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EU fines BMW, VW $ 1m for running emissions cartel since 90s – TechCrunch



When environmental issues really took off in the 1990s, some German automakers met in secret groups to ensure that their cars continued to contribute diligently to greenhouse gas emissions. According to the European Union, the parent company Volkswagen, Audi, Porsche, BMW and Mercedes-Benz Daimler have illegally collaborated to restrict competition in emissions cleaning of new diesel cars and have essentially slowed down the implementation of cleaner emission technology. On Thursday, the EU issued fines of 1

billion. $ (EUR 875 million) to Volkswagen and BMW for their involvement in the emissions cartel.

“The five car manufacturers Daimler, BMW, Volkswagen, Audi and Porsche possessed the technology to reduce harmful emissions beyond what was legally required by EU emissions standards,” said EU Commissioner Margrethe Vestager in a statement. “But they avoided competing to use the full potential of this technology to clean better than what is required by law. So today’s decision is about how legitimate technical cooperation went wrong. And we do not tolerate it when companies cooperate. It is illegal under EU antitrust rules. Competition and innovation in car pollution management are crucial for Europe to meet our ambitious Green Deal goals. And this decision shows that we will not hesitate to act against all cartel behaviors that jeopardize this goal. ”

All parties acknowledged their commitment and agreed to settle. Volkswagen, which owns Audi and Porsche, will have to pay around $ 595 million, and BMW will pay $ 442 million. Daimler would have had to pay around $ 861 million, but the company avoids fines by being a whistleblower. So we guess Daimler is just going free of shots?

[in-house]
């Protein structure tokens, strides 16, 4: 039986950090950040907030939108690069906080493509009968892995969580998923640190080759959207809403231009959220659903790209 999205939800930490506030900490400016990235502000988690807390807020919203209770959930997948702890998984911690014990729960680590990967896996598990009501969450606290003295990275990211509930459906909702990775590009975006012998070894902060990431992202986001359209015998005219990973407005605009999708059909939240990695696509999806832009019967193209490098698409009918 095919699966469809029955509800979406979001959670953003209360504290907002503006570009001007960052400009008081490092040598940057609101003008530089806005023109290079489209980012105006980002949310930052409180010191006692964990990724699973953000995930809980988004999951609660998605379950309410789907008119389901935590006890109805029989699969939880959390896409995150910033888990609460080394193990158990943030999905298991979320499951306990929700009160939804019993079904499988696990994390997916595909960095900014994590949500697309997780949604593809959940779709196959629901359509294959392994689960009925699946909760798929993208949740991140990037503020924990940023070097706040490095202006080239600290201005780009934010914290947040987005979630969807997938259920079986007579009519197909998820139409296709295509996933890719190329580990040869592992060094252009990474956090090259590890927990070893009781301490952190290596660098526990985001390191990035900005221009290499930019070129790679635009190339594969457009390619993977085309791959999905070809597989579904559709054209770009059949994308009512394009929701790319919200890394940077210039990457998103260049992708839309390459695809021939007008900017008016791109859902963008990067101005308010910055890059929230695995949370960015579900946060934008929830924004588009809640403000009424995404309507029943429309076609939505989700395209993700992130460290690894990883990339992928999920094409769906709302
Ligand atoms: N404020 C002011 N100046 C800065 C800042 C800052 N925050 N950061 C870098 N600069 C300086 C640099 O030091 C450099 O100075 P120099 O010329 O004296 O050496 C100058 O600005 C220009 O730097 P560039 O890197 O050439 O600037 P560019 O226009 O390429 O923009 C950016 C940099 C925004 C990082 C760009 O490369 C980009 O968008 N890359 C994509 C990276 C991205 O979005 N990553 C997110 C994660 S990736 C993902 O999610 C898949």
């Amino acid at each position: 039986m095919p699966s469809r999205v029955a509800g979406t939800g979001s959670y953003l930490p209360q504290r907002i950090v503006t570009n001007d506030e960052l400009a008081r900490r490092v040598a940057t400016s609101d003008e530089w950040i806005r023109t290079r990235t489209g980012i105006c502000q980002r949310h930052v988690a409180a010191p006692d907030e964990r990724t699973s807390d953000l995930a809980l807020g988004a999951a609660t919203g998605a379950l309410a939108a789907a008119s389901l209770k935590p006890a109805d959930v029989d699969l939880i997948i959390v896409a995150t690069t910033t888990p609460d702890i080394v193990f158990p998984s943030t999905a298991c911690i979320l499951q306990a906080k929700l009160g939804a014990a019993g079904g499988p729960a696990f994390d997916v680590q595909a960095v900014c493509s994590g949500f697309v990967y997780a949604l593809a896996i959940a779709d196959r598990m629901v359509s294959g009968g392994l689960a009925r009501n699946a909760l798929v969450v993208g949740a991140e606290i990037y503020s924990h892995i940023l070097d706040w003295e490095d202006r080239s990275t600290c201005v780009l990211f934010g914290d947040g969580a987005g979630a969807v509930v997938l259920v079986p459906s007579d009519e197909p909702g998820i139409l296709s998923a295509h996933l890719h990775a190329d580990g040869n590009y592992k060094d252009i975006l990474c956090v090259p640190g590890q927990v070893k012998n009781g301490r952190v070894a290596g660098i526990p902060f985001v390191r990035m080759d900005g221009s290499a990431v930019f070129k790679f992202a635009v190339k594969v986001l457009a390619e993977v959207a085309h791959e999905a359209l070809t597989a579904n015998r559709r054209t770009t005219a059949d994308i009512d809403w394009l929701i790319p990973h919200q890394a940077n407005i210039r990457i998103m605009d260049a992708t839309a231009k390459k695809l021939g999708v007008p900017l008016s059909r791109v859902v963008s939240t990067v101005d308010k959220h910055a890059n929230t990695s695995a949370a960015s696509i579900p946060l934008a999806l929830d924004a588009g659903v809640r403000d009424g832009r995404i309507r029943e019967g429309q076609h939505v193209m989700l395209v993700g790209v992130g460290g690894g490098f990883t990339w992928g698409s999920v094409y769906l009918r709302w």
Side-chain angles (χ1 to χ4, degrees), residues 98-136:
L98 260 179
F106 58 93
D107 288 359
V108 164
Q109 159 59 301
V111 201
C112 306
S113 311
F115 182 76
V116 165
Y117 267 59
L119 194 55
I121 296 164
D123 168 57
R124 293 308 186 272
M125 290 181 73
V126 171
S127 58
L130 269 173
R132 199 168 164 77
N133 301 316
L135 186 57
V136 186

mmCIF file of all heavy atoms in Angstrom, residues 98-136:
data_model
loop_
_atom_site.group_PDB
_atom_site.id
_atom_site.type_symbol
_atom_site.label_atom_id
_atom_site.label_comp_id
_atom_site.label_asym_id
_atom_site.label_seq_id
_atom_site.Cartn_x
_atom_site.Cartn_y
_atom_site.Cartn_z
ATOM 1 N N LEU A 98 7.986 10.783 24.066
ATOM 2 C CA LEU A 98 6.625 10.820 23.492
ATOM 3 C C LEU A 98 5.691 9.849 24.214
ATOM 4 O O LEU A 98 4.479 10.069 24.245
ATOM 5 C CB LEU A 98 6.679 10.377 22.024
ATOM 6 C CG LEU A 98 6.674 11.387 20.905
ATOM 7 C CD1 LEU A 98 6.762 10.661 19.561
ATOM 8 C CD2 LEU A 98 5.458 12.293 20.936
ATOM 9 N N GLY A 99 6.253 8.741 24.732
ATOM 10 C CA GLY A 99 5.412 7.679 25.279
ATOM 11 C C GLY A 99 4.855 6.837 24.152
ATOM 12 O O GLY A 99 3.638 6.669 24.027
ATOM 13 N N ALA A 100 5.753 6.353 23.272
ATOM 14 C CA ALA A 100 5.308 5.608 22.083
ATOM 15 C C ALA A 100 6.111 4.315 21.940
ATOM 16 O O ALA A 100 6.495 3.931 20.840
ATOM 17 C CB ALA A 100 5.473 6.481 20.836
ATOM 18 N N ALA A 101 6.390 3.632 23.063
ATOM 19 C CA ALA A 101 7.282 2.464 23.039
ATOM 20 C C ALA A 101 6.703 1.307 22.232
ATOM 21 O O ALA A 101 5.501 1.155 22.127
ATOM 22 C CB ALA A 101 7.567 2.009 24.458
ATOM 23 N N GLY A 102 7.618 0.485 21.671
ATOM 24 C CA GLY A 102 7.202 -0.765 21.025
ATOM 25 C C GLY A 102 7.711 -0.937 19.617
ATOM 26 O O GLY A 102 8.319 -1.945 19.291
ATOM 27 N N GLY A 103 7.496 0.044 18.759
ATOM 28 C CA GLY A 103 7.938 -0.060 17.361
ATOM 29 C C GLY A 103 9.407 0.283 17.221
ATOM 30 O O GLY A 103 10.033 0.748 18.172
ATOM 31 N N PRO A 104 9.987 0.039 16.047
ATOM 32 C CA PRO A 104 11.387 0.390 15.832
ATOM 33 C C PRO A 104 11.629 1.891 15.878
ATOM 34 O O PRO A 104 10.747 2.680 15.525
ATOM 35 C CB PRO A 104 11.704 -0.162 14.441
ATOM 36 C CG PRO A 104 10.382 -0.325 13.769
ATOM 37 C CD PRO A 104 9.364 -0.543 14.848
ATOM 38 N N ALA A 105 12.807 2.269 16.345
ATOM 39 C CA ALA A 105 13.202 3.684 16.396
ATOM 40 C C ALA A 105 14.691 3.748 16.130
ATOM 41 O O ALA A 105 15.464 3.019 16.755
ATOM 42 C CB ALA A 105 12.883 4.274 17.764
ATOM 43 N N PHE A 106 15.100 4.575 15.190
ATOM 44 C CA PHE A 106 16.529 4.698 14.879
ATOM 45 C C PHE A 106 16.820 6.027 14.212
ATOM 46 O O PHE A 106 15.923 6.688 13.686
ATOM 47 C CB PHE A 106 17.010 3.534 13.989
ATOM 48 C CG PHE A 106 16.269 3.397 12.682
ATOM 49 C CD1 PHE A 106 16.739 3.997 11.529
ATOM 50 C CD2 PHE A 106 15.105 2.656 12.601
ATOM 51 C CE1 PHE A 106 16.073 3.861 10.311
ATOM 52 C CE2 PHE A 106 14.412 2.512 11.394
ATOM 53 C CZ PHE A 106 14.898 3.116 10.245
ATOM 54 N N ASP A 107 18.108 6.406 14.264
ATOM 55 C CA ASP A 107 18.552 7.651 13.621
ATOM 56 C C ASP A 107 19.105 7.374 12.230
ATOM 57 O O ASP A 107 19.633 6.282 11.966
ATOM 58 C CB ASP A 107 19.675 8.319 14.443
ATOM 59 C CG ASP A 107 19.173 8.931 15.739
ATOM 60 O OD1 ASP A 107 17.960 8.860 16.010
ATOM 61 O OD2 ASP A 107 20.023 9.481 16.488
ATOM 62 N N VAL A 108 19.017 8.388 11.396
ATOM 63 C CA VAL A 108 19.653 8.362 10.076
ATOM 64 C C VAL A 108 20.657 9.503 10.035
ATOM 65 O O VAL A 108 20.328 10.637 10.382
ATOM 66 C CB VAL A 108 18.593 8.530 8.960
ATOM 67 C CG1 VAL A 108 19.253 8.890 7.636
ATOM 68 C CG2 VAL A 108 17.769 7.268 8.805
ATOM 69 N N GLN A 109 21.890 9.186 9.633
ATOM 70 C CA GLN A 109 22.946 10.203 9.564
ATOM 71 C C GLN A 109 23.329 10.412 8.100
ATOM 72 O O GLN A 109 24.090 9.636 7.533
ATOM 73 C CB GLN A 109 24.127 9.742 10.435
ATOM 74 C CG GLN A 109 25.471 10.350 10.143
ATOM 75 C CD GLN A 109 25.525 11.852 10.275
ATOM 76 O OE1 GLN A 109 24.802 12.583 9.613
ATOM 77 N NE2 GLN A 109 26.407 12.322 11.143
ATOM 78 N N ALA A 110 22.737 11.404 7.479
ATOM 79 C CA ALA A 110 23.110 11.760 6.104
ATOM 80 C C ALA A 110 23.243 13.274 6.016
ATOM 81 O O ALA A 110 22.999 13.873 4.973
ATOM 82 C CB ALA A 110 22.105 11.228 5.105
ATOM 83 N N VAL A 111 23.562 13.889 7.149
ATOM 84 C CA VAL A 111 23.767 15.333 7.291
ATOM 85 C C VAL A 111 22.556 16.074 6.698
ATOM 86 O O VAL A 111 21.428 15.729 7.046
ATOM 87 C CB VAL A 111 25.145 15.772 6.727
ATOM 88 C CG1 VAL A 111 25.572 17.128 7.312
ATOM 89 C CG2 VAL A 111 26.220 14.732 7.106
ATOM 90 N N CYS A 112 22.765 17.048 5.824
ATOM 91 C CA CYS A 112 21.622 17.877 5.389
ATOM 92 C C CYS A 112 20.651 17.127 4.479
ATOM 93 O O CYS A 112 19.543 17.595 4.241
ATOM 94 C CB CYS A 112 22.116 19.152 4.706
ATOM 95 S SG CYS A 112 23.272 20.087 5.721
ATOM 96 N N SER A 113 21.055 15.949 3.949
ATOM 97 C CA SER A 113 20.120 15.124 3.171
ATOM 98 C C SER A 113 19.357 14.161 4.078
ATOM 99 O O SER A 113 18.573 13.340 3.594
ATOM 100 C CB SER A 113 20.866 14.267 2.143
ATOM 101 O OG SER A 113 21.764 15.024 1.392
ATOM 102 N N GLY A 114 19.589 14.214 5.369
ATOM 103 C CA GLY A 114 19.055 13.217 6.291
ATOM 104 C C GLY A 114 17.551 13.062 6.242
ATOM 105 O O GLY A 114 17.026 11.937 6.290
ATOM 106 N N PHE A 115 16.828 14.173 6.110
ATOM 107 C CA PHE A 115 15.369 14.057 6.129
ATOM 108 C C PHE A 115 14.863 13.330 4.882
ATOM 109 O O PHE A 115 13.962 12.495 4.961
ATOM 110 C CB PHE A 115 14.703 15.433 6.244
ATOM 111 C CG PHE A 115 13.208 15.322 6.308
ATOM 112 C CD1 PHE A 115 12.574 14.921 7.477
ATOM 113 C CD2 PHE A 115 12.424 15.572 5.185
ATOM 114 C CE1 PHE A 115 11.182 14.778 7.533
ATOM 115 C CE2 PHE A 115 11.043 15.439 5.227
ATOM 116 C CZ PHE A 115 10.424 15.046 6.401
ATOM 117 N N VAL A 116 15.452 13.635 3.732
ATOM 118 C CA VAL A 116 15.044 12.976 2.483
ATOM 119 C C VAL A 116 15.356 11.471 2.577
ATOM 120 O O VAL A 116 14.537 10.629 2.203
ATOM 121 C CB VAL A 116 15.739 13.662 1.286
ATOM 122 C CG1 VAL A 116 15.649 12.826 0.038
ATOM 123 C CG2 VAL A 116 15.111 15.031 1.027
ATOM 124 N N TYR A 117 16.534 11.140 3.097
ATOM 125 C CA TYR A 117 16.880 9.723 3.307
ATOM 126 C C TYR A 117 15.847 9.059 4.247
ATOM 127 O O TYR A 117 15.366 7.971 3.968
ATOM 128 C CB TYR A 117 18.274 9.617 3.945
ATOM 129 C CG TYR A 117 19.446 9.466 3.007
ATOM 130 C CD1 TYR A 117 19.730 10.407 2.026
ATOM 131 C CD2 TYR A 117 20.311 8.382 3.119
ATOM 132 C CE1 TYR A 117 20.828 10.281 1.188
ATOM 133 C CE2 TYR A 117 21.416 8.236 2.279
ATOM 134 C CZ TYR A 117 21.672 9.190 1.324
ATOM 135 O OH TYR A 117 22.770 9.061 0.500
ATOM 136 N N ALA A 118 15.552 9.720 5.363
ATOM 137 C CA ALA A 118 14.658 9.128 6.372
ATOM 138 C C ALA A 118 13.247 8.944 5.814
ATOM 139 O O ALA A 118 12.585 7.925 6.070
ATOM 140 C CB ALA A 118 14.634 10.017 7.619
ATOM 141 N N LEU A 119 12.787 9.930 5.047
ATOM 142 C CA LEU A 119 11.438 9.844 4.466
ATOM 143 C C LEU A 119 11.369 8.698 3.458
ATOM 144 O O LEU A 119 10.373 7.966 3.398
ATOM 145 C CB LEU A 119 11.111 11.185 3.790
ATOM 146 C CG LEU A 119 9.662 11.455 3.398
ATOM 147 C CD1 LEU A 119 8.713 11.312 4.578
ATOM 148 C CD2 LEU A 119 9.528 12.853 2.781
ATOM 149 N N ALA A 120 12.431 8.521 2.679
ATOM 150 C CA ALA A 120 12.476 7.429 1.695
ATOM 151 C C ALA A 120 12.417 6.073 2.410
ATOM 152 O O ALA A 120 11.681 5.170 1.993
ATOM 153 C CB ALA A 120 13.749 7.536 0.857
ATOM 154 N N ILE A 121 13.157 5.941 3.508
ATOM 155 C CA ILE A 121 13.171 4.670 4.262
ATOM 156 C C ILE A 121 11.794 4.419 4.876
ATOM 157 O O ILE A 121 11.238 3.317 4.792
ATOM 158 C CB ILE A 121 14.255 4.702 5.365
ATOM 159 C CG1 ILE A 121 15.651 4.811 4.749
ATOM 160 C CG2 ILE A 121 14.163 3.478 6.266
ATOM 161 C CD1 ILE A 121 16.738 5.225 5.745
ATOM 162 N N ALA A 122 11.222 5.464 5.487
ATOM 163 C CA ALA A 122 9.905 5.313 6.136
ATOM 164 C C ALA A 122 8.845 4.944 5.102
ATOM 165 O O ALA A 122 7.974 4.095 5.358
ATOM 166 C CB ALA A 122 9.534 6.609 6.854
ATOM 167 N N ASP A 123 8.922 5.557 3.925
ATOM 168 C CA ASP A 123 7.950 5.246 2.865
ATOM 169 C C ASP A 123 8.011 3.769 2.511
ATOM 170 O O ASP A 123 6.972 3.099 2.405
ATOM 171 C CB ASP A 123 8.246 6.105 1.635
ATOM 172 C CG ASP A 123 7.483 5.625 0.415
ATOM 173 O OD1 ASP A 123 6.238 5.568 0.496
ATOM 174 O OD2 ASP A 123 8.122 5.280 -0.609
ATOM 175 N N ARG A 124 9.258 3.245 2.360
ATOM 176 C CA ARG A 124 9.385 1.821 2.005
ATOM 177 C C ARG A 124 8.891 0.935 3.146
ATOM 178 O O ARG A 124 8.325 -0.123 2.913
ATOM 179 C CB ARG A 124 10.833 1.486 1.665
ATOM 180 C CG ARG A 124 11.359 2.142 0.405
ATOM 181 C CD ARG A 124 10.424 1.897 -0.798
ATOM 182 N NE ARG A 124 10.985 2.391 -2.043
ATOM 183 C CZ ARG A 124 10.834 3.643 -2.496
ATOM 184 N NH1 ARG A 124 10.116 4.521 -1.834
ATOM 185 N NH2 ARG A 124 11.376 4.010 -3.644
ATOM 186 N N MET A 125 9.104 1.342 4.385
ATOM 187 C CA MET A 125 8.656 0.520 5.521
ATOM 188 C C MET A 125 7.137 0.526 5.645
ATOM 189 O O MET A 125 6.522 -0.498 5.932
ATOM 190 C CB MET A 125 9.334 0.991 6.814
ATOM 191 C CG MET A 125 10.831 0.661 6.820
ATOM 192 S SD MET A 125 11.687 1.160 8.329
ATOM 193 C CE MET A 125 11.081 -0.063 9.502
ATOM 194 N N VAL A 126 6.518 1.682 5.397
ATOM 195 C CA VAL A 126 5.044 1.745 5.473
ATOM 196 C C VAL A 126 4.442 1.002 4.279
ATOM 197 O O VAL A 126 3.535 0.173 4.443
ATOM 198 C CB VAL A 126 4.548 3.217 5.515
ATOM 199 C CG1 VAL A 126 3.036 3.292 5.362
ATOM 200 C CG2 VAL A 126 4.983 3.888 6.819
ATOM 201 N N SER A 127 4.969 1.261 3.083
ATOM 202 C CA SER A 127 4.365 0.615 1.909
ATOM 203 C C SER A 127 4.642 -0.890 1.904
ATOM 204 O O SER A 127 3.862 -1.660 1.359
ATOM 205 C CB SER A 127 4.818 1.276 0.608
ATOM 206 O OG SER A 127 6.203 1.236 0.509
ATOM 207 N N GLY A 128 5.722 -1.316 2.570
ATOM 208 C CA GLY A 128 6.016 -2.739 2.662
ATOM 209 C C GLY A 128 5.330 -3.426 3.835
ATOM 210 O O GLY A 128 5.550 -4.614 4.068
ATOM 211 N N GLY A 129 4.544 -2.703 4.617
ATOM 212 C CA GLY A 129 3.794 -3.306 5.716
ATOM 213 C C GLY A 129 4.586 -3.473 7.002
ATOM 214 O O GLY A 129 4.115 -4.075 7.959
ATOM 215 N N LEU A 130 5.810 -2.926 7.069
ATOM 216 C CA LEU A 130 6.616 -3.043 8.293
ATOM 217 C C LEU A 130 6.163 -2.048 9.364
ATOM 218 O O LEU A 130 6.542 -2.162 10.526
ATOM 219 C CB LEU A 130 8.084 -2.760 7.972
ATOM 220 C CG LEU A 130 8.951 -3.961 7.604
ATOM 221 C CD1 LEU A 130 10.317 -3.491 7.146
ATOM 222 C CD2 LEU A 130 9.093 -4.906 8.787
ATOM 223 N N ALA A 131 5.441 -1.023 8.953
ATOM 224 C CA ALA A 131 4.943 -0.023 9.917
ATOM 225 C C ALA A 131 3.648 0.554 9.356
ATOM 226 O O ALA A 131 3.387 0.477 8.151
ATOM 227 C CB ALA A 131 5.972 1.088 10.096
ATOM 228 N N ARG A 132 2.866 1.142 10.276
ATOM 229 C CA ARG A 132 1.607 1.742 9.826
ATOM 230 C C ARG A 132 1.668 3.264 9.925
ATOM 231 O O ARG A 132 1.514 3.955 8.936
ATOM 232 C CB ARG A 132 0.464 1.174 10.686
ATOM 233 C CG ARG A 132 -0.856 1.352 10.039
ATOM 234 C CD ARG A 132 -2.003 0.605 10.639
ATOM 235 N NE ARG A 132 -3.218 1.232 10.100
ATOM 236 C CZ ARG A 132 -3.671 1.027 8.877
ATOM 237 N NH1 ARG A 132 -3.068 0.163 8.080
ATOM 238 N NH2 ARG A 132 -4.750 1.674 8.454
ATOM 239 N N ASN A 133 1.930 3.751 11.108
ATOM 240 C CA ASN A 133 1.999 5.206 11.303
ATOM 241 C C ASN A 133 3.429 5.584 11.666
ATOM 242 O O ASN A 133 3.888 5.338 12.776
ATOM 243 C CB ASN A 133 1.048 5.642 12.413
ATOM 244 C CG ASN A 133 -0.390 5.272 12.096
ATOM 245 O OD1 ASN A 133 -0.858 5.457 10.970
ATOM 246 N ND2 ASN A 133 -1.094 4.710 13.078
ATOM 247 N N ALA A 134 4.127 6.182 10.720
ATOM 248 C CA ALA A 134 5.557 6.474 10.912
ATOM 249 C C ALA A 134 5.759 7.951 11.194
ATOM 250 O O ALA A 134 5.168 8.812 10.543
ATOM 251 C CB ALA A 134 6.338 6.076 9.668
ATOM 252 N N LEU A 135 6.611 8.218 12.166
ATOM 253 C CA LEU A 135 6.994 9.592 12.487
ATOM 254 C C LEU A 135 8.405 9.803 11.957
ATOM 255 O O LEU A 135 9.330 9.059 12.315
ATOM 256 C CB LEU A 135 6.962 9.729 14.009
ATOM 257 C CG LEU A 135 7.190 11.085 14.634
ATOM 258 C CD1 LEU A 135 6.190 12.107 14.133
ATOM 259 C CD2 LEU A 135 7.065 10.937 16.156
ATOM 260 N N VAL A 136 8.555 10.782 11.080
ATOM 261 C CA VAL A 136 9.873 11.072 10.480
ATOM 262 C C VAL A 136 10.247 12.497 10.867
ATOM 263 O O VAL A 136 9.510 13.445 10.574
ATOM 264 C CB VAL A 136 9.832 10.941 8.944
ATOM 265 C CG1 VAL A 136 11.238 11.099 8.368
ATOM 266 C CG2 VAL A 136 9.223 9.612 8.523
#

BMW made a net profit of $ 4.62 billion. Last year, and VW earned approx. $ 12.2 billion And almost 23 billion. $ In 2019, so this nice kind feels like a slap on the wrist. And let’s remember, this is not the first time that VW has entered into an emissions scandal.

In 2015, the U.S. Environmental Protection Agency issued a notice of violation of the Clean Air Act to VW for intentionally adding software to its diesel engines to make it look like it was following emission control, while its cars actually produced far more than the legal amount.

In its action against companies, the EU specifically followed the agreement reached by companies on the size of tanks used for AdBlue, a solution mixed with diesel car exhaust to neutralize harmful pollutants. The companies agreed not to compete to make cars cleaner, even though they had the technology to do so.

Der Spiegel first broke the news of the cartel in 2017, and the companies started greenwashing. That same year, all parties involved as well as the Ford Motor Company joined forces to create a high-power charging network for electric cars called Ionity. The plan was to build and operate around 400 charging stations across Europe by 2020, but it appears that Ionity only managed to install 300 across Europe, and it even raised the price of a fee significantly by 500% last year.

Earlier this week, VW’s heavy trucking company, Traton Group, Daimler Truck and the Volvo Group, agreed to invest nearly $ 593 million in a network of public charging stations for electric heavy-duty trucks and buses around Europe.


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